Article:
Tallinn is 80km from Helsinki, a boat trip takes around two hours. I travel there frequently to visit the sewing companies and pattern makers that help us turn our designs into clothes. Every trip to Estonia is an eye-opener for me, it seems like Finland’s southern neighbor has a lot to teach.
On the way to Mustamäe, where the pattern making company is located, I pass a residential area just outside Tallinn’s historical city center. Old wooden houses with carefully placed details are nestled with industrial houses and Soviet architecture, surrounding the medieval architecture of the old town. This mix of different ages and cultures makes the 15-minute-drive from the harbour to Mustamäe already an overwhelming experience.
Arriving there, I am repetitively amazed about the professionalism by which Helen and Monika, who run the pattern making company in a cosy office, finalise our new collections and make the fit just perfect. This time around, I bring our designs for the Summer & Spring 2019 collection, leaving it to Helen to finish the patterns and hand them over to our sewing company for creating the sample collection. In three weeks, I will have the first sample collection of SS19 in my hands!
This sewing company, located in a village by the coast another 80km from Tallinn, is next on my tour. Amidst one of Europe’s largest nature reserves, it has been built around a ship- and brickyard. The shipyard has been a major employer for the people living in the village and, although many companies did not survive the post-socialist economic system, there are still two small sewing companies running in the Village.
The main language spoken in the sewing company is Russian. The workers are specialized to work with recycled materials and are challenged with new production methods all the time. They know how to prepare the materials and do the cutting so that all the high quality material is used as efficiently as possible. In difference to large mass production, the people working with our TAUKO designs need to continuously learn something new. As do I. Talking to Rutt Ignahhin, the owner and founder of the company, I get to learn about the challenges of the latest designs in production. I introduce her the upcoming orders for the Autumn & Winter season and we talk about the sample collection for Summer 2019. She is very fluent in Finnish as she learned the language through Finnish television and radio during soviet times. My Estonian on the other hand is non-existent.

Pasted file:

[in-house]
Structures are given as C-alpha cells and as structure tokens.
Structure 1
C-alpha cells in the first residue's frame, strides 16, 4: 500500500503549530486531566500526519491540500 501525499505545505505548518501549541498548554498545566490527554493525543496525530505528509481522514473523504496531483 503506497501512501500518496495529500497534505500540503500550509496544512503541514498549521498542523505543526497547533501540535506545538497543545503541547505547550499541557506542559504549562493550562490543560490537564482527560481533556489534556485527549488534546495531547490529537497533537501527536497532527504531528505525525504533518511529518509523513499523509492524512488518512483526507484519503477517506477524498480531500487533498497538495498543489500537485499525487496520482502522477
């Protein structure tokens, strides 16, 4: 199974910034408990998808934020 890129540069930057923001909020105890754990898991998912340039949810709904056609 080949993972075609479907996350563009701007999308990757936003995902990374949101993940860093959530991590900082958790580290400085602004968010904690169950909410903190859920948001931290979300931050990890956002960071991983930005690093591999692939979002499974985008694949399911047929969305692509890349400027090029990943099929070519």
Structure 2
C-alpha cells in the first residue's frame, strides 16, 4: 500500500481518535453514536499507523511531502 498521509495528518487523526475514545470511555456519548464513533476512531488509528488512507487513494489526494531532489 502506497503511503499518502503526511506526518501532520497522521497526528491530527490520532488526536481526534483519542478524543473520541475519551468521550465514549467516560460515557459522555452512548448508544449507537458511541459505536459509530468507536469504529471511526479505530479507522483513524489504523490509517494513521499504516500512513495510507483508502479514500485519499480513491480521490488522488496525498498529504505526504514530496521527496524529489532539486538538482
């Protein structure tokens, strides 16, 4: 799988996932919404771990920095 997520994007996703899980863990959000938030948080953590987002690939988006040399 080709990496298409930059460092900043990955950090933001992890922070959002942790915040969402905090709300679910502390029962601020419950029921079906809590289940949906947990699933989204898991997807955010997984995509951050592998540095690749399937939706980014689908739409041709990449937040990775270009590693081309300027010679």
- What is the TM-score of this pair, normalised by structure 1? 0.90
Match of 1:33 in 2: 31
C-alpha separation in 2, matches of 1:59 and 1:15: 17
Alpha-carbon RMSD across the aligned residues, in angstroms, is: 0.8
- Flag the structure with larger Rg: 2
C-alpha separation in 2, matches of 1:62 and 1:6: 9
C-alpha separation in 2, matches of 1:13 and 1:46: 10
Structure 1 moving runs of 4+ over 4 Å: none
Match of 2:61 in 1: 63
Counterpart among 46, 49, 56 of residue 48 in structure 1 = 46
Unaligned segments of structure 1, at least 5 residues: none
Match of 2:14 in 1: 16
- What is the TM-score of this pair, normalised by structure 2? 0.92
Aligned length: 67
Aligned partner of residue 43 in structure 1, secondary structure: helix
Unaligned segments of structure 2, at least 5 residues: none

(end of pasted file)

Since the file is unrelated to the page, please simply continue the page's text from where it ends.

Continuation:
As many other owners of sewing companies, Rutt also keeps on talking about the future. People working in the company have been there for years and are very committed to their work, but will there be a next generation? Will there be young people who will be interested in this kind of job? And will there be a successor for Rutt when she gets to her well-deserved pension? The future remains unclear to her but I believe that there is already a promising next generation in Estonia.
Working together with Estonians taught me how they are committed to and appreciate their work. I feel that our clothes are tailored with proud. There seems to be a lot of appreciation for craftsmanship and professionalism that is only achieved over a long time, delivered from one generation to the next. At the same time, the contemporary art and culture scene is very lively and there are lots of new things happening all the time within the scene. Also the start-up scene is big. Estonians come up with their way of doing things: as a reaction to the threat of the multinational Uber taking over their Taxi services, they created their own very popular and independent taxi service application. And to hype the city itself: Tallinn offers free public transport for its citizens. How cool is that! I hope that this mentality of doing in your own way and appreciating the work you are doing, keeps the sewing industry alive in Estonia and Rutt will find a successor for her sewing company when the time comes. After all, it makes me proud that TAUKO clothes are tailored with proud and dedication.
Text: Mila Moisio
Photos: Till Bovermann